Cannot supply a case of atavism in canaries.
Will lend CD back issues of Cottage Gardener.
Cites case of bird (tumbler hen) laying egg in another's nest.
I have to apolo<gise for> not answering your enquiry <about> Canaries, throwing back, I <am> sorry I cannot furnish yo<u> any authentic case, thoug<h I> do not doubt but such of<ten> do occur.
You express a wish to see some of the latter volu<m>es of The Cottage Gardener. I have < >s by me < > <w>hich < > lend you < > but < > not bound. Should you <wish it> I would ta<ke o>ff the <adver>tisment sheets, and forward < > as you may direct.
<I ha>ve just read your work on <the> Origin of Species
through a second time, in your chapter on instinct you refer to the
Cuck<oo> laying in other birds nest I thought
< > Pige<on> < > interested < > notice that when a
< > lays only a single egg, <and> the first has been broken, or
she <has> been much disturbed, she <w>ill frequently lay in
another's nest, a case in Point. A Scotch house Tumbler hen was about to lay having
built and the cock was driving her to nest;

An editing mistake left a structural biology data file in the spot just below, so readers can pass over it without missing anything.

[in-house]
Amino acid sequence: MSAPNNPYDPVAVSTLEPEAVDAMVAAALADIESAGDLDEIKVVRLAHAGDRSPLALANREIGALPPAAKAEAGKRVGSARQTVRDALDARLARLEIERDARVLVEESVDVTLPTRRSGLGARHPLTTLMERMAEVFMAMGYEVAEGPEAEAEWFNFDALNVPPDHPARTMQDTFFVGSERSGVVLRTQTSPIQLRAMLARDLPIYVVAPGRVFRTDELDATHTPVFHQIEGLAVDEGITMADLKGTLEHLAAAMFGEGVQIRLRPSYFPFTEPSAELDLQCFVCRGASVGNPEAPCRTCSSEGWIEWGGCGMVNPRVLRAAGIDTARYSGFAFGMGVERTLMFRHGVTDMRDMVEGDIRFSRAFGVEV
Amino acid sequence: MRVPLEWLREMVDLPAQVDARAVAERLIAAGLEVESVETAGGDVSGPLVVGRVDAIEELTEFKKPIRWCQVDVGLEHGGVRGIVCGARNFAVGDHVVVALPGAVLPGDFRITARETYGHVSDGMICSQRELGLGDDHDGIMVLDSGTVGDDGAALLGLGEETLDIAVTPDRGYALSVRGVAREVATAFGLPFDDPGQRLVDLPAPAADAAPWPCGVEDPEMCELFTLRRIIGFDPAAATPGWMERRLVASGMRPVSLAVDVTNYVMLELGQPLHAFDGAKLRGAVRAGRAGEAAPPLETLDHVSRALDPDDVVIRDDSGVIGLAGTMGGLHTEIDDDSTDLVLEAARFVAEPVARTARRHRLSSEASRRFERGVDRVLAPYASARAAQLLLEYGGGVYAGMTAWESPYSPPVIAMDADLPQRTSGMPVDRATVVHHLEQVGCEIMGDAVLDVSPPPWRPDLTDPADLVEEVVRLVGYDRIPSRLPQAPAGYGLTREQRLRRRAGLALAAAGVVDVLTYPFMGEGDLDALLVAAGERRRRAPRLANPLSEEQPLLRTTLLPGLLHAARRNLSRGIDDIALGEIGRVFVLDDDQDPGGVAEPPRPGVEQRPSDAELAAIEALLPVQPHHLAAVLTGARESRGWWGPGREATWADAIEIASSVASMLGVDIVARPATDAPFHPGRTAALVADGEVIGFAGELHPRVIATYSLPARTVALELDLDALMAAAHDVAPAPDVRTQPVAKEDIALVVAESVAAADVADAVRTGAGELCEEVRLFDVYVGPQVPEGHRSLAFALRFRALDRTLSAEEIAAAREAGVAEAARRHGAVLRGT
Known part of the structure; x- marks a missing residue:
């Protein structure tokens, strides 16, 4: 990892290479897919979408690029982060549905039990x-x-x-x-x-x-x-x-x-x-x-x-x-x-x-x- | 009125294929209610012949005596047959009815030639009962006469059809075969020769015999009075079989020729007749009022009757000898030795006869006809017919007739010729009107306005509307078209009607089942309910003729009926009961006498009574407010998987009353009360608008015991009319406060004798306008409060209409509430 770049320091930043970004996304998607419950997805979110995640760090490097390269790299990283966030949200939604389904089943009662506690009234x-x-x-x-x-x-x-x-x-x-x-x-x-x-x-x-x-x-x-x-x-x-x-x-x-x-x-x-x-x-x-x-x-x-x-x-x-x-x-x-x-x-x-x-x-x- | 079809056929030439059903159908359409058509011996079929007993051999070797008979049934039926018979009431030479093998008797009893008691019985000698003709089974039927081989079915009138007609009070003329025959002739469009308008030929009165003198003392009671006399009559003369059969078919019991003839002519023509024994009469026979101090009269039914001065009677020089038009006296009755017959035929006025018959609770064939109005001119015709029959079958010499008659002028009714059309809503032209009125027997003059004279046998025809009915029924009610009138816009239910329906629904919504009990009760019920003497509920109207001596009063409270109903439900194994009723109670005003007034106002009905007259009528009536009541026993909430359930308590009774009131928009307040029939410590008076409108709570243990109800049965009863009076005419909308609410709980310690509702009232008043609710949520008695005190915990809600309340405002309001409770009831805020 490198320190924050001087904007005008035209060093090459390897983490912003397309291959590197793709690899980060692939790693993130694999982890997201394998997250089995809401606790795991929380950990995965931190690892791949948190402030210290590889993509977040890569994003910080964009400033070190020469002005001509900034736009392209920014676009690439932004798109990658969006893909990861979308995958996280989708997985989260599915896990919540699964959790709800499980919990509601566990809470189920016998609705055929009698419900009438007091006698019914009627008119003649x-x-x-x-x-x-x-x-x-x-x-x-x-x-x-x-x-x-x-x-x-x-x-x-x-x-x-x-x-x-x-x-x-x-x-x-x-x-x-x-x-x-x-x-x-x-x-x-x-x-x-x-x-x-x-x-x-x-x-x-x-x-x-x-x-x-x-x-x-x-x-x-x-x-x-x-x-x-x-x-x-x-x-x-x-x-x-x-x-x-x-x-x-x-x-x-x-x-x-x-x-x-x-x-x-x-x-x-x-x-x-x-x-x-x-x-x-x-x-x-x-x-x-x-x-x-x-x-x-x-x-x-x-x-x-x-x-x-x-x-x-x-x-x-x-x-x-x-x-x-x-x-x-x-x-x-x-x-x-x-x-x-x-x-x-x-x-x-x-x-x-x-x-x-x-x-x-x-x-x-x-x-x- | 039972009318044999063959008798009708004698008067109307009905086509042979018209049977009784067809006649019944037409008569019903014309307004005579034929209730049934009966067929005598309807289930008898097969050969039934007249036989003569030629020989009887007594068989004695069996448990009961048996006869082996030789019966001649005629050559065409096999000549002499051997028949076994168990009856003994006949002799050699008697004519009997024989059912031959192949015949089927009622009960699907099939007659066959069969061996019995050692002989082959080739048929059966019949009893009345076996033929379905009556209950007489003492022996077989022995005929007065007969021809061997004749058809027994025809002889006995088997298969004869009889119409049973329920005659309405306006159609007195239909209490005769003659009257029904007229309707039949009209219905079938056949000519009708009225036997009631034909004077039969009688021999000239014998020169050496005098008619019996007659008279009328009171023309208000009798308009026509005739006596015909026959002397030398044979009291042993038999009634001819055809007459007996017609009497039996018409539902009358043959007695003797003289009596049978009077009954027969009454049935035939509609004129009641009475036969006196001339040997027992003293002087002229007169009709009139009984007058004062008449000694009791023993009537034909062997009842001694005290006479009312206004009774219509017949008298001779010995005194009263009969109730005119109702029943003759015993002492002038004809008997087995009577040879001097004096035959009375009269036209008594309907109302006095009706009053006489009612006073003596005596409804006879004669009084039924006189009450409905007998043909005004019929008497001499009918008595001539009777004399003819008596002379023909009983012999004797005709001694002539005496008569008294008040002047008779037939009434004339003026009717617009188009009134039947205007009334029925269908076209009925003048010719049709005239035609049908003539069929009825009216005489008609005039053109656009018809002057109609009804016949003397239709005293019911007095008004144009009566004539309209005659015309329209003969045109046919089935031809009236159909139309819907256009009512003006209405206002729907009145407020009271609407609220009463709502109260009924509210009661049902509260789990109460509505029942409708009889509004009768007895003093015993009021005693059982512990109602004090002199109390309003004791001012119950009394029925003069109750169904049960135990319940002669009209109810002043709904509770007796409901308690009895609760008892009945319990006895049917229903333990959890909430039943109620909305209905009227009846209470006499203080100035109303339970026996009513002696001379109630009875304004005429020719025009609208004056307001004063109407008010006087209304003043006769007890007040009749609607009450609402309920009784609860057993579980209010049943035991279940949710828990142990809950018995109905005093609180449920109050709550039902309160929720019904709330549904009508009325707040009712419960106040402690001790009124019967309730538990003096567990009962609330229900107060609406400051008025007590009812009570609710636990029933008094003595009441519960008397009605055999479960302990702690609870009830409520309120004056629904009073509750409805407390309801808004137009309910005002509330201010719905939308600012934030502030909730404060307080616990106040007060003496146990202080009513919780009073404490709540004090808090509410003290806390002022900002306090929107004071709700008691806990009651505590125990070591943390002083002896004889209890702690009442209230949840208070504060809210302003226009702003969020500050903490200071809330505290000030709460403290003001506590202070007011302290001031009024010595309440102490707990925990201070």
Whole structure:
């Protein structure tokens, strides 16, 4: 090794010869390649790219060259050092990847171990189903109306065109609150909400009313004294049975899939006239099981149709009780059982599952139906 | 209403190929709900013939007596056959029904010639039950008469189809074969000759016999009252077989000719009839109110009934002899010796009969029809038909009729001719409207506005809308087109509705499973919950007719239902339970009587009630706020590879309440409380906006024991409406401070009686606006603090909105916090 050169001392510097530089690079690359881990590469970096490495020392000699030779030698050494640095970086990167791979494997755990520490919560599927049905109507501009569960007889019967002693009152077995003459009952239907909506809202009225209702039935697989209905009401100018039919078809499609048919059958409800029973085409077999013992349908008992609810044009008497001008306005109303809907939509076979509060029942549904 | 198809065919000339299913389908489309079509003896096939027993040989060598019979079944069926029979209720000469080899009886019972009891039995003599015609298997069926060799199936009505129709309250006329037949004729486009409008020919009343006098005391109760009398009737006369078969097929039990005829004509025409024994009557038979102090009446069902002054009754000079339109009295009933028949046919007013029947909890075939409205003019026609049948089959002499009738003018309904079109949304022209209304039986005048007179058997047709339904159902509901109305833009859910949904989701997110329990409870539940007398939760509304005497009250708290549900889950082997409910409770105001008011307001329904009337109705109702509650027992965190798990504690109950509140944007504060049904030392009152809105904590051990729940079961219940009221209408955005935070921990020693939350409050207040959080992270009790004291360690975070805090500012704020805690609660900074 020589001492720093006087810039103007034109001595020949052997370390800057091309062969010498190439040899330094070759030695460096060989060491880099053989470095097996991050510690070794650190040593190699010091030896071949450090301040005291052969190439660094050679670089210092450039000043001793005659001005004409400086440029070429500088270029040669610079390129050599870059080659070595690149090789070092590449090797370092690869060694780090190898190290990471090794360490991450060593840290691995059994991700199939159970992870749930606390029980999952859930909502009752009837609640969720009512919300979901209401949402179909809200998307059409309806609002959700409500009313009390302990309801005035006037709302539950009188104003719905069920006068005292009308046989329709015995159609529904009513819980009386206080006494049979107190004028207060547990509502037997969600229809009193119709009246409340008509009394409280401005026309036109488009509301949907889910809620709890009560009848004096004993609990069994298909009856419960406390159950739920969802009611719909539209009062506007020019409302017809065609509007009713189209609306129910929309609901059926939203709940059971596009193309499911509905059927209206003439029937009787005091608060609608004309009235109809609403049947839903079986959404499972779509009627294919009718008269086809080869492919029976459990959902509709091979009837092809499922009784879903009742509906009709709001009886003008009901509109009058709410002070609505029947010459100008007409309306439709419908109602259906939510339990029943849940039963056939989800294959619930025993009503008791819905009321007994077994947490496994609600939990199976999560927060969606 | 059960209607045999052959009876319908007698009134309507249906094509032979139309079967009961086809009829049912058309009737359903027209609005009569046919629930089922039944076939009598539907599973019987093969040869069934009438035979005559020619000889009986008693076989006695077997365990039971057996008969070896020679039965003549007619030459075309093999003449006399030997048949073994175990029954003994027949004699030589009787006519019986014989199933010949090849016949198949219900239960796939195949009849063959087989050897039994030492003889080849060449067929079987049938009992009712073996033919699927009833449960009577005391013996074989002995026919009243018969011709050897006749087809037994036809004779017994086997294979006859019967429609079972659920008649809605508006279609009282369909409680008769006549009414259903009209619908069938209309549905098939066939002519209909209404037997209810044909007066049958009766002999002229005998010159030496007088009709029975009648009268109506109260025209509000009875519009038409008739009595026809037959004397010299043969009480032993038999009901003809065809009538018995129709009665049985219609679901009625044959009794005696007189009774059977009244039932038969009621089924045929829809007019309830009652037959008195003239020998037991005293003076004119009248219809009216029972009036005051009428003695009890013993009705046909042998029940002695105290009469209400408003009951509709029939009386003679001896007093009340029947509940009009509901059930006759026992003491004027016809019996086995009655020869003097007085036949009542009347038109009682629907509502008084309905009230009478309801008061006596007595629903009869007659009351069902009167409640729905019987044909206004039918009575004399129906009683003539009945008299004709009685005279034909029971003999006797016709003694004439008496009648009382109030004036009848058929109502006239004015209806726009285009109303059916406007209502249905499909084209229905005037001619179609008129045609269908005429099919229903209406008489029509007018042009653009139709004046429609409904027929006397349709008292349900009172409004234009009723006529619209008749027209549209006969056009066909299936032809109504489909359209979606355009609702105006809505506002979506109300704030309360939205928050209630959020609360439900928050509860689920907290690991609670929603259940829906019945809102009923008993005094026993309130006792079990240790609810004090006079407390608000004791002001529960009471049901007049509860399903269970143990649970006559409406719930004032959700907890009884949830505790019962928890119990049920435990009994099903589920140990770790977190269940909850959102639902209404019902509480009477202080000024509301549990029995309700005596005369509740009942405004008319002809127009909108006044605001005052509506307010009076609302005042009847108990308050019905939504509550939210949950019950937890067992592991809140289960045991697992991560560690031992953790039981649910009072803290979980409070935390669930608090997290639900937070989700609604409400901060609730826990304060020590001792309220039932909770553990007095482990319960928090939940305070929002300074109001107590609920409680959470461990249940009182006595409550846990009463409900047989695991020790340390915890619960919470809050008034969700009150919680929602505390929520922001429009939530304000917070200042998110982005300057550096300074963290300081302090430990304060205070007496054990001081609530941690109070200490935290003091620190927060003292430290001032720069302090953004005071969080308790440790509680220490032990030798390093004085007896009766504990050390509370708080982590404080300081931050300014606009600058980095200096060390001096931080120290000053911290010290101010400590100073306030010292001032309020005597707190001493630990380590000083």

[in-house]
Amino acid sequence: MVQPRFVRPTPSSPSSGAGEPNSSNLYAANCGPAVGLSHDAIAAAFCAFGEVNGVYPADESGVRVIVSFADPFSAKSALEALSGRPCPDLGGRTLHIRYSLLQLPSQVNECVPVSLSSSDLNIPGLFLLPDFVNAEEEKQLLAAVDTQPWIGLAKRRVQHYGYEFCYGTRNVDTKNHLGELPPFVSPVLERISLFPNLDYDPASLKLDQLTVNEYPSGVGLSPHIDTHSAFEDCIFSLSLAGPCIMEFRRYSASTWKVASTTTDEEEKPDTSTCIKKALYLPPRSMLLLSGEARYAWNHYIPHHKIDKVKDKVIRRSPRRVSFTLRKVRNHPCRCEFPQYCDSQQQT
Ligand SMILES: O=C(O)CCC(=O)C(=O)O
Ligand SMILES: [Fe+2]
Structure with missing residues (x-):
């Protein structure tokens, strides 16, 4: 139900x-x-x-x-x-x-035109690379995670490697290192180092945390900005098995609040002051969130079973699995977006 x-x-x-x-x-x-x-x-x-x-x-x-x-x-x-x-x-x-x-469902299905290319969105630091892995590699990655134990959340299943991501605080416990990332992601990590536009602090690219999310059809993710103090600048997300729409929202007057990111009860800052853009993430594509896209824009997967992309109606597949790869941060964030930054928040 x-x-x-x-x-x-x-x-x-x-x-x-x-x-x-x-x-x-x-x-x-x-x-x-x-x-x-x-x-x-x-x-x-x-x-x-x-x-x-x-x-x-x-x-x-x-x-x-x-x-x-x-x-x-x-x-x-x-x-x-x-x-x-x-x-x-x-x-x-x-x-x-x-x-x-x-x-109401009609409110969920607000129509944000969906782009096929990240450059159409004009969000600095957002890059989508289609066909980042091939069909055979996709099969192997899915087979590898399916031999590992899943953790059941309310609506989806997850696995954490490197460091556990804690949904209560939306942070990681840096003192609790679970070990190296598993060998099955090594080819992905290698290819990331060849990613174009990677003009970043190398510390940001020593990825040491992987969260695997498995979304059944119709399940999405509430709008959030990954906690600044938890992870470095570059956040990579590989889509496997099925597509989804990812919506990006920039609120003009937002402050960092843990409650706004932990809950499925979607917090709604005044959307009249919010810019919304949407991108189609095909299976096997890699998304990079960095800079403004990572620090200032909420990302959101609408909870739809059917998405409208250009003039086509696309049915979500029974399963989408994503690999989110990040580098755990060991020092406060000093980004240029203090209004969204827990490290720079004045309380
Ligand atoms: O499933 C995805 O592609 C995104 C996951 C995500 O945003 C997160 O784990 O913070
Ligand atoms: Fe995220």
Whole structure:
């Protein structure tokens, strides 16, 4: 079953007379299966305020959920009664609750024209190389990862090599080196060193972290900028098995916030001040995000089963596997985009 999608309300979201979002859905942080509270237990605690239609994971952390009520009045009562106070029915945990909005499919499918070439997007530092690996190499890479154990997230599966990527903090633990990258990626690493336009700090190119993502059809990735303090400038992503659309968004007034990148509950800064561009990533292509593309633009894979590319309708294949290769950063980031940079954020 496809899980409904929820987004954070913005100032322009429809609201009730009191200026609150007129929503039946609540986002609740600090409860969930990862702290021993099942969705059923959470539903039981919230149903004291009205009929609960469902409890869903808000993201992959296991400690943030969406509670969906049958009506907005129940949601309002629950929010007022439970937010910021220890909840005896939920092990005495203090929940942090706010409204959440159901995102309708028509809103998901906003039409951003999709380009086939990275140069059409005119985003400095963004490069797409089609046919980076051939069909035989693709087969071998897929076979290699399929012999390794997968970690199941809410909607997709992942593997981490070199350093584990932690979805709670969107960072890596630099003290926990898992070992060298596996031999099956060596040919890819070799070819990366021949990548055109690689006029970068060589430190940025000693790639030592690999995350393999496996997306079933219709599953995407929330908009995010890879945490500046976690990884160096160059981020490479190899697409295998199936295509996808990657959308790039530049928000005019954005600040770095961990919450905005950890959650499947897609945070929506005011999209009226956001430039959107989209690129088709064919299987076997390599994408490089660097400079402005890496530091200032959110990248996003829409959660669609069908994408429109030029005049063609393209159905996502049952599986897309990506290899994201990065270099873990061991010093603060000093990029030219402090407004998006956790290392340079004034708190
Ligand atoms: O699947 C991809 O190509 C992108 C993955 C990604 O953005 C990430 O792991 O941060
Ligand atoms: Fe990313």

I am | Dear Sir | Yours respectfully | B P Brent
To C Darwin Esq
- f1 2778.f1The date is suggested by the publication of Brent's articles on canaries (see nn. 2 and 3, below).
- f2 2778.f2Brent was an expert on canaries and on poultry. CD had consulted him about canaries on several occasions (see Correspondence vol. 6, letter from B. P. Brent, 23 October 1857; and vol. 7, Supplement, letter from B. P. Brent, [after August 1856]). Between April and September 1860, Brent published a series of articles in the Cottage Gardener describing the different canary breeds. CD may have inquired about reversion in canaries in response to these articles.
- f3 2778.f3In the 10 April issue of the Cottage Gardener 24 (1860): 25--6, Brent discussed the citril finch, supposed by some authorities to be the ancestral form of the European canary. On 17 April (ibid., p. 43), he discussed the wild canary of Madeira, referring to a specimen lent to him by CD.
- f4 2778.f4Origin, pp. 216--19. CD used the example of the cuckoo laying its eggs in the nest of another species as an illustration of an instinct being modified by natural selection. He also cited instances of other birds that occasionally laid their eggs in the nests of other species.